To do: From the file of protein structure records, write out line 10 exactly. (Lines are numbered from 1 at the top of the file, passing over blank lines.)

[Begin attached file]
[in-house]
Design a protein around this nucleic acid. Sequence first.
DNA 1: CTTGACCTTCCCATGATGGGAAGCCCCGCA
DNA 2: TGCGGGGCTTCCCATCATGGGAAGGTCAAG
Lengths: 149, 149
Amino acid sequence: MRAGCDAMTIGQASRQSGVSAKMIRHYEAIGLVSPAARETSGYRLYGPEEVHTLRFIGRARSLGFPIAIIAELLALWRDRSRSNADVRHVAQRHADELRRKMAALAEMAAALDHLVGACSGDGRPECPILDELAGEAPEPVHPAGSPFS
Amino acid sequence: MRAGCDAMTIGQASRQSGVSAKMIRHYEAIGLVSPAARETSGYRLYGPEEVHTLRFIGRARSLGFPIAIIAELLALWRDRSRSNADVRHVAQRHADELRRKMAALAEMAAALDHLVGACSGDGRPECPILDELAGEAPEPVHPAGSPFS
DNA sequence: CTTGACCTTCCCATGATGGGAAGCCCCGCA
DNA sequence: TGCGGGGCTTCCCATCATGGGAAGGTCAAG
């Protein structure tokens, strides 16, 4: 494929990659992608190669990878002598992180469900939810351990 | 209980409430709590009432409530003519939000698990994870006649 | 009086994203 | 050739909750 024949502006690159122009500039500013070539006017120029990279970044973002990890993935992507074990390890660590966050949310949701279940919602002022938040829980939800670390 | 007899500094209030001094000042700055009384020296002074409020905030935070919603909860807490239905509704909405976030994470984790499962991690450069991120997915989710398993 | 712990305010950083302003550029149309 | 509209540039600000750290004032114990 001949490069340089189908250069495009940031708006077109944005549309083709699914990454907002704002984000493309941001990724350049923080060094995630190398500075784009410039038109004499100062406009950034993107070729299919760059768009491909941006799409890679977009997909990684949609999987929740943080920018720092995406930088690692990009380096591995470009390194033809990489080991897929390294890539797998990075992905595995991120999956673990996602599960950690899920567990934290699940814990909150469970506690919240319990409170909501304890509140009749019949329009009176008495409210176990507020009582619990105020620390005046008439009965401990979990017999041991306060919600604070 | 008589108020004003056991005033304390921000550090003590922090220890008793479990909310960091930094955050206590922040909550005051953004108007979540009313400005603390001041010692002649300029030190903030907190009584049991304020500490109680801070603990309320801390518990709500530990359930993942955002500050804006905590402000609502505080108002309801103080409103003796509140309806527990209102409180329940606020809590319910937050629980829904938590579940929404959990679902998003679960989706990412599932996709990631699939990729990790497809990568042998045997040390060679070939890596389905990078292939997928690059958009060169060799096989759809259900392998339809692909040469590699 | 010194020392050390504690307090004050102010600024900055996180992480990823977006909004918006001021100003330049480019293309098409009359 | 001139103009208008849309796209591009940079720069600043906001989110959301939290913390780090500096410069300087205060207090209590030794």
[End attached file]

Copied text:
């Protein structure tokens, strides 16, 4: 494929990659992608190669990878002598992180469900939810351990 | 209980409430709590009432409530003519939000698990994870006649 | 009086994203 | 050739909750 024949502006690159122009500039500013070539006017120029990279970044973002990890993935992507074990390890660590966050949310949701279940919602002022938040829980939800670390 | 007899500094209030001094000042700055009384020296002074409020905030935070919603909860807490239905509704909405976030994470984790499962991690450069991120997915989710398993 | 712990305010950083302003550029149309 | 509209540039600000750290004032114990 001949490069340089189908250069495009940031708006077109944005549309083709699914990454907002704002984000493309941001990724350049923080060094995630190398500075784009410039038109004499100062406009950034993107070729299919760059768009491909941006799409890679977009997909990684949609999987929740943080920018720092995406930088690692990009380096591995470009390194033809990489080991897929390294890539797998990075992905595995991120999956673990996602599960950690899920567990934290699940814990909150469970506690919240319990409170909501304890509140009749019949329009009176008495409210176990507020009582619990105020620390005046008439009965401990979990017999041991306060919600604070 | 008589108020004003056991005033304390921000550090003590922090220890008793479990909310960091930094955050206590922040909550005051953004108007979540009313400005603390001041010692002649300029030190903030907190009584049991304020500490109680801070603990309320801390518990709500530990359930993942955002500050804006905590402000609502505080108002309801103080409103003796509140309806527990209102409180329940606020809590319910937050629980829904938590579940929404959990679902998003679960989706990412599932996709990631699939990729990790497809990568042998045997040390060679070939890596389905990078292939997928690059958009060169060799096989759809259900392998339809692909040469590699 | 010194020392050390504690307090004050102010600024900055996180992480990823977006909004918006001021100003330049480019293309098409009359 | 001139103009208008849309796209591009940079720069600043906001989110959301939290913390780090500096410069300087205060207090209590030794």